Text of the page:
ABSTRACT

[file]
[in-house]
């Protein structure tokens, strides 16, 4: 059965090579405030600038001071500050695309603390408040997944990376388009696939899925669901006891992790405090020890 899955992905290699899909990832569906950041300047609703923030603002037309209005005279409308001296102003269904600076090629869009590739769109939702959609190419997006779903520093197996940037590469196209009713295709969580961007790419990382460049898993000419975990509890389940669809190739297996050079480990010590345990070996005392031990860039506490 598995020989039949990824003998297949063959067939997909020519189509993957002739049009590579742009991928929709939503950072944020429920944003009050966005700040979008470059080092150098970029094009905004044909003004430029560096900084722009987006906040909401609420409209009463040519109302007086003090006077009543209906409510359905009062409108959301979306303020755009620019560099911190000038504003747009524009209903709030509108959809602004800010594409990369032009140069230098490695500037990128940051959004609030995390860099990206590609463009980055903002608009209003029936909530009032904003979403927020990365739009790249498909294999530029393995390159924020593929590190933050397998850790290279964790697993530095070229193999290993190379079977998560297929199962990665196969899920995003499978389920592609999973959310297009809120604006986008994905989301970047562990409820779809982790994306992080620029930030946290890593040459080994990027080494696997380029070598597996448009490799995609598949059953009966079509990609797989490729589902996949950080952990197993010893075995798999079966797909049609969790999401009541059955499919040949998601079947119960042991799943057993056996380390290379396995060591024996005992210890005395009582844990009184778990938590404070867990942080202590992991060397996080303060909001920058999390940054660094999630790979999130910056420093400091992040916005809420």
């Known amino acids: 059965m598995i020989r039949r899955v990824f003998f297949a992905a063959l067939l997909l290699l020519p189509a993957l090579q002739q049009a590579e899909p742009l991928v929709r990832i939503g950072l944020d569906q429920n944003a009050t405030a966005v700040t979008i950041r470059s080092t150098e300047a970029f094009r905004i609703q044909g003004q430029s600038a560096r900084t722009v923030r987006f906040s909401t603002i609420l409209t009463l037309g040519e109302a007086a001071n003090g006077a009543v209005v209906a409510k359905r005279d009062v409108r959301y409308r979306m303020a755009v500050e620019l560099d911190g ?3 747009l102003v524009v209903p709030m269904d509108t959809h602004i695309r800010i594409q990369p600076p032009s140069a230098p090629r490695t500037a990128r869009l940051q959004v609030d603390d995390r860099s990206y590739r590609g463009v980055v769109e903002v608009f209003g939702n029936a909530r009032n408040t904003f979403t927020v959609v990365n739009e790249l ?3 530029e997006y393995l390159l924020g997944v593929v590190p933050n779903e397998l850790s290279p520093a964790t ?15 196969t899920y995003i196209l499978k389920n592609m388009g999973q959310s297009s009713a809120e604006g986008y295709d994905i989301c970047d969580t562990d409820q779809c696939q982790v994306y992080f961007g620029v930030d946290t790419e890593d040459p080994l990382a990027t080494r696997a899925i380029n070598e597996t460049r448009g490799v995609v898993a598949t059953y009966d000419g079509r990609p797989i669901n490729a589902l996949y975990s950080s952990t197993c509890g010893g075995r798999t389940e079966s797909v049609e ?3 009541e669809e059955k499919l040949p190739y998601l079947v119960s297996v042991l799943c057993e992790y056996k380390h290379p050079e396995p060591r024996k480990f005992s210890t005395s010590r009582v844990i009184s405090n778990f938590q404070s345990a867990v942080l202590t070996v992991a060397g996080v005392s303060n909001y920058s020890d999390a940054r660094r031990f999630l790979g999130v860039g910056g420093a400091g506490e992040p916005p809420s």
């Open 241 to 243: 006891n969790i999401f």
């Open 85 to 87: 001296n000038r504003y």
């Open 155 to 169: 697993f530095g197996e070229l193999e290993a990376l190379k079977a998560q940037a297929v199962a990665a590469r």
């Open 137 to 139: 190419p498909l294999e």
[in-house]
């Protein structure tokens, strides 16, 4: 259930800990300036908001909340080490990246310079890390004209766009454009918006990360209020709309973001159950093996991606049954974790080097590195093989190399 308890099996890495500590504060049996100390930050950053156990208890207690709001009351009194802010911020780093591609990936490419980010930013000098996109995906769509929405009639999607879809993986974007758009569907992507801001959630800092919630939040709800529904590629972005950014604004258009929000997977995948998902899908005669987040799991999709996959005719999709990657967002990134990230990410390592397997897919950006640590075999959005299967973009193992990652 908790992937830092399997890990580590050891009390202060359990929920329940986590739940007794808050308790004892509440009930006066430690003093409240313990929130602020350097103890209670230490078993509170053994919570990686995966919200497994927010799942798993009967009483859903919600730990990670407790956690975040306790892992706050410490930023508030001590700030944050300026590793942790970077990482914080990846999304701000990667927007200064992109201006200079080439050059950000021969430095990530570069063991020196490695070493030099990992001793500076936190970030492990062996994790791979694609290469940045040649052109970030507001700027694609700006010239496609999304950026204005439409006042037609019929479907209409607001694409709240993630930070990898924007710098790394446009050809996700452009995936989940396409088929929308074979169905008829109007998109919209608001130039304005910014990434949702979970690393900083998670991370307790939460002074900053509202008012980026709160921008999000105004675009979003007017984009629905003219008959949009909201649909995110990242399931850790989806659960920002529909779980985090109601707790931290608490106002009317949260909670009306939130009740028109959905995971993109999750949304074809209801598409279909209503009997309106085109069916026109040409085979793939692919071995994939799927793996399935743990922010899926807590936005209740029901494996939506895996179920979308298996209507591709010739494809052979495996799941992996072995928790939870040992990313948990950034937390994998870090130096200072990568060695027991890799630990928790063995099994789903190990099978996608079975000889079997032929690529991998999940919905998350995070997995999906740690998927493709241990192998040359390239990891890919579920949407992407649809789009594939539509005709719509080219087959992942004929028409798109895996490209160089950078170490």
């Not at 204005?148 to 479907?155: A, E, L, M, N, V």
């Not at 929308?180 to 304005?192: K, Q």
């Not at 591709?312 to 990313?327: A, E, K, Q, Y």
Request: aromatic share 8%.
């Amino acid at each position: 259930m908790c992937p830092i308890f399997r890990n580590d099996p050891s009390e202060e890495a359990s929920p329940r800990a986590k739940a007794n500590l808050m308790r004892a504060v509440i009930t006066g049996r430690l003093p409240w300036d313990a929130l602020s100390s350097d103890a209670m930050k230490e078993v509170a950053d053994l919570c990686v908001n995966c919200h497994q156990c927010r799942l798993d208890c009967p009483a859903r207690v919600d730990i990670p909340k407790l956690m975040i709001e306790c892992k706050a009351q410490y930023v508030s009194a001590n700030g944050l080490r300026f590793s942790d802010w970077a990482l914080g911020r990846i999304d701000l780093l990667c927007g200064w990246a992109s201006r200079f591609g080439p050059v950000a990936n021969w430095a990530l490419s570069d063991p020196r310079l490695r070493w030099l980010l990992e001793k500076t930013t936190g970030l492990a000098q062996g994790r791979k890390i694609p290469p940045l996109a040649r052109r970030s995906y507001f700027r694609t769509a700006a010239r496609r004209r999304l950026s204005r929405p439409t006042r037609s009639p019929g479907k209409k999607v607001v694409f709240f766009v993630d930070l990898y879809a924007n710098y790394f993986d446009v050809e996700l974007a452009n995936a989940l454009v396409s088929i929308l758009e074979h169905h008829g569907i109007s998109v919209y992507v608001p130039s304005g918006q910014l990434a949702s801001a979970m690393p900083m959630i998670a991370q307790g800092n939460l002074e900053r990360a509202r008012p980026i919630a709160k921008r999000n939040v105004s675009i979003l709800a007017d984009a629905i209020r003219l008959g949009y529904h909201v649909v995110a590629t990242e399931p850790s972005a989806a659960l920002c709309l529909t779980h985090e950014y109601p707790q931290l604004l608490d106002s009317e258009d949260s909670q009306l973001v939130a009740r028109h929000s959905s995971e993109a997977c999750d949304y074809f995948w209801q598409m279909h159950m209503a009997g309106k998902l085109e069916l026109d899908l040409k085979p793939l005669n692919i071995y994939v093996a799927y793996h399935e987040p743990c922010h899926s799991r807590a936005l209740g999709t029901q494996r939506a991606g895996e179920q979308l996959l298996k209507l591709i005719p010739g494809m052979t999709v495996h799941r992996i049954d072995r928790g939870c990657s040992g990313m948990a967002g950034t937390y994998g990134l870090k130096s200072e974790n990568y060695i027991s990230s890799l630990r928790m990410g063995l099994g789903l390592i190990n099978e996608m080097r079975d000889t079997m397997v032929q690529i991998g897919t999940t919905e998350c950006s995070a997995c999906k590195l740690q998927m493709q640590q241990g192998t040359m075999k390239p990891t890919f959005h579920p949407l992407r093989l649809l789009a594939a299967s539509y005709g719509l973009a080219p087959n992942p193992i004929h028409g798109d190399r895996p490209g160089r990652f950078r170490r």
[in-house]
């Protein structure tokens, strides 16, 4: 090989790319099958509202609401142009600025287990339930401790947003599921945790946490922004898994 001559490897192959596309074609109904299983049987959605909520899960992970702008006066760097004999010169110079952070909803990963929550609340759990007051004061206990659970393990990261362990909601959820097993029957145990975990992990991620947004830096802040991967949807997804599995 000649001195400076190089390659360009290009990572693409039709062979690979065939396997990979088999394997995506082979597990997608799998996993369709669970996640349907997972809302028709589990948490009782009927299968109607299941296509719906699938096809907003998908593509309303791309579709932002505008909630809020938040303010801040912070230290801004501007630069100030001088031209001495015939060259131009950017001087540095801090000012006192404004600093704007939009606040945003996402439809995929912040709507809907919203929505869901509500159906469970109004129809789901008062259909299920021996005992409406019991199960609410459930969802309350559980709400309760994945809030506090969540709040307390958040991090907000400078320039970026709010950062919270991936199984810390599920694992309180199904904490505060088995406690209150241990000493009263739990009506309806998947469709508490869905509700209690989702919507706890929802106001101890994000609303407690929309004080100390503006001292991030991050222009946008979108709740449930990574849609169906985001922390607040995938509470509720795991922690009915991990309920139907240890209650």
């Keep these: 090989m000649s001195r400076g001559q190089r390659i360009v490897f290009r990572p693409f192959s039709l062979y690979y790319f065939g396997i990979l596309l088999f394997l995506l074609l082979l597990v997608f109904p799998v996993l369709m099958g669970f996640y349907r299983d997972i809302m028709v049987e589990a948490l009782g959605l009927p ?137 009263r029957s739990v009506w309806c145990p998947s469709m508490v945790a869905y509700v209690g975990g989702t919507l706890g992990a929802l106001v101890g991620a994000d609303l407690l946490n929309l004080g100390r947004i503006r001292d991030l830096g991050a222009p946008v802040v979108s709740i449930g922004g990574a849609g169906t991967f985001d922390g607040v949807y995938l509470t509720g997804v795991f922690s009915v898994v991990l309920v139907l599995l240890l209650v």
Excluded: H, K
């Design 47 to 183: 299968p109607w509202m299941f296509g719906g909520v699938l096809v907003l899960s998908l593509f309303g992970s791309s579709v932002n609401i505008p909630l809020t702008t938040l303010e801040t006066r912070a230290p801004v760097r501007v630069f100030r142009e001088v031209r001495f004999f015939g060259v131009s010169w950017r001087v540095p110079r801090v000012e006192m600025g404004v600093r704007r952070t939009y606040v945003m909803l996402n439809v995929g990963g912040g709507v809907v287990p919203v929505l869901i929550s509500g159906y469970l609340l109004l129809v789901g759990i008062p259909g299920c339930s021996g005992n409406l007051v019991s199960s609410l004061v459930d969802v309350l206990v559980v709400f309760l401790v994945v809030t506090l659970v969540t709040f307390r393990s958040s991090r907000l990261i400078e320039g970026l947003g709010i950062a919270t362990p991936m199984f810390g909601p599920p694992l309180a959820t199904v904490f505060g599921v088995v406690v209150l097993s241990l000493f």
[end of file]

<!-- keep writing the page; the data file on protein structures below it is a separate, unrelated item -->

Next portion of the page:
The forces that enter the mounted tire spindle of laboratory-type tire dynamics test machines include the following items: (1) direct tire-generated forces, tire nonuniformities, and tread pattern vibrations; (2) direct tire-transmitted rough road surface or cleat impact forces; (3) direct machine resonance-amplified versions of items 1 and 2; (4) machine frame backpath-transmitted versions of items 1–3; (5) dynamic loadcell crosstalk; (6) external noise from foundation vibrations; and (7) adjacent load station vibrations traveling through the machine frame. Although items 1 and 2 are sought in spindle vibration measurements, items 3–7 are also included in the mix and confound the measurement, confusing the analyst into thinking that machine properties are tire properties. Not only do items 3–6 not exist in vehicle operation but also comparison of results from one test machine to another can be an exercise in comparing machine to machine, not tire to tire. Tire dynamics measurements should simulate tires in roadway operation, not create a whole new set of problems that do not exist in vehicles. Elimination of item 7 paved the way to developing a tire failure warning system that operates on tire endurance test machines and can be adapted for operation on passenger vehicles to warn the driver of tire trouble. This article develops the theory of stray force measurement, describes a method for eliminating stray forces from experimental tire dynamics data, and provides experimental verification of the effectiveness of these methods.

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